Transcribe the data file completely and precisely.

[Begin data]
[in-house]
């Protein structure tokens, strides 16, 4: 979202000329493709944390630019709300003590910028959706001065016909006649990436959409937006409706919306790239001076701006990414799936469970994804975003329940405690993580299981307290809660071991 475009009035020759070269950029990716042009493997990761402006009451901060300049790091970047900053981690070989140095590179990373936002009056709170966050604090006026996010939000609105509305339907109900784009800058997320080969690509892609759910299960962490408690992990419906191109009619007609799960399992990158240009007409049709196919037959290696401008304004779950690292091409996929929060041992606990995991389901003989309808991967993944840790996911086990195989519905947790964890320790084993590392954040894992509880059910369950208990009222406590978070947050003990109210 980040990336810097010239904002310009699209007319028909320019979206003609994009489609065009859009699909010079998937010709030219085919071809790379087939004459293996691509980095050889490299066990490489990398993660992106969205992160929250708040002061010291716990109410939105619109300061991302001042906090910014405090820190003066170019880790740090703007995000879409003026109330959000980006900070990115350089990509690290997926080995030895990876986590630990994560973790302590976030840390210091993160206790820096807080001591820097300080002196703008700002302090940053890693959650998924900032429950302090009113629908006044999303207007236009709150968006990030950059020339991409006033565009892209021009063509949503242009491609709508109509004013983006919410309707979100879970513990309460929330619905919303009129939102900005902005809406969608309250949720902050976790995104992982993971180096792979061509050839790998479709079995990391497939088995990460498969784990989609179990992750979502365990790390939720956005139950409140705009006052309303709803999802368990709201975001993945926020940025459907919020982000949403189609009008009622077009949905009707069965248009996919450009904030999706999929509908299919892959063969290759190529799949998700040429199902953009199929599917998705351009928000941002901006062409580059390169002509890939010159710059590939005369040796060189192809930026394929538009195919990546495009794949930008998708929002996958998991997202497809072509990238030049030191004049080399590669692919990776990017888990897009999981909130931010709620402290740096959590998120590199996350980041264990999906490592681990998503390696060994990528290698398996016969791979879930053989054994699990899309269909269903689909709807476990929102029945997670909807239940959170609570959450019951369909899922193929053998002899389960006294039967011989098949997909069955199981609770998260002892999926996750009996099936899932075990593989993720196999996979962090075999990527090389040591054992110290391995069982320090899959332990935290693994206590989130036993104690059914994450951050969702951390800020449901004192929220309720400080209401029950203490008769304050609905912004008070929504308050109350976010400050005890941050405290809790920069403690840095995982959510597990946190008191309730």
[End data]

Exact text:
[in-house]
């Protein structure tokens, strides 16, 4: 979202000329493709944390630019709300003590910028959706001065016909006649990436959409937006409706919306790239001076701006990414799936469970994804975003329940405690993580299981307290809660071991 475009009035020759070269950029990716042009493997990761402006009451901060300049790091970047900053981690070989140095590179990373936002009056709170966050604090006026996010939000609105509305339907109900784009800058997320080969690509892609759910299960962490408690992990419906191109009619007609799960399992990158240009007409049709196919037959290696401008304004779950690292091409996929929060041992606990995991389901003989309808991967993944840790996911086990195989519905947790964890320790084993590392954040894992509880059910369950208990009222406590978070947050003990109210 980040990336810097010239904002310009699209007319028909320019979206003609994009489609065009859009699909010079998937010709030219085919071809790379087939004459293996691509980095050889490299066990490489990398993660992106969205992160929250708040002061010291716990109410939105619109300061991302001042906090910014405090820190003066170019880790740090703007995000879409003026109330959000980006900070990115350089990509690290997926080995030895990876986590630990994560973790302590976030840390210091993160206790820096807080001591820097300080002196703008700002302090940053890693959650998924900032429950302090009113629908006044999303207007236009709150968006990030950059020339991409006033565009892209021009063509949503242009491609709508109509004013983006919410309707979100879970513990309460929330619905919303009129939102900005902005809406969608309250949720902050976790995104992982993971180096792979061509050839790998479709079995990391497939088995990460498969784990989609179990992750979502365990790390939720956005139950409140705009006052309303709803999802368990709201975001993945926020940025459907919020982000949403189609009008009622077009949905009707069965248009996919450009904030999706999929509908299919892959063969290759190529799949998700040429199902953009199929599917998705351009928000941002901006062409580059390169002509890939010159710059590939005369040796060189192809930026394929538009195919990546495009794949930008998708929002996958998991997202497809072509990238030049030191004049080399590669692919990776990017888990897009999981909130931010709620402290740096959590998120590199996350980041264990999906490592681990998503390696060994990528290698398996016969791979879930053989054994699990899309269909269903689909709807476990929102029945997670909807239940959170609570959450019951369909899922193929053998002899389960006294039967011989098949997909069955199981609770998260002892999926996750009996099936899932075990593989993720196999996979962090075999990527090389040591054992110290391995069982320090899959332990935290693994206590989130036993104690059914994450951050969702951390800020449901004192929220309720400080209401029950203490008769304050609905912004008070929504308050109350976010400050005890941050405290809790920069403690840095995982959510597990946190008191309730």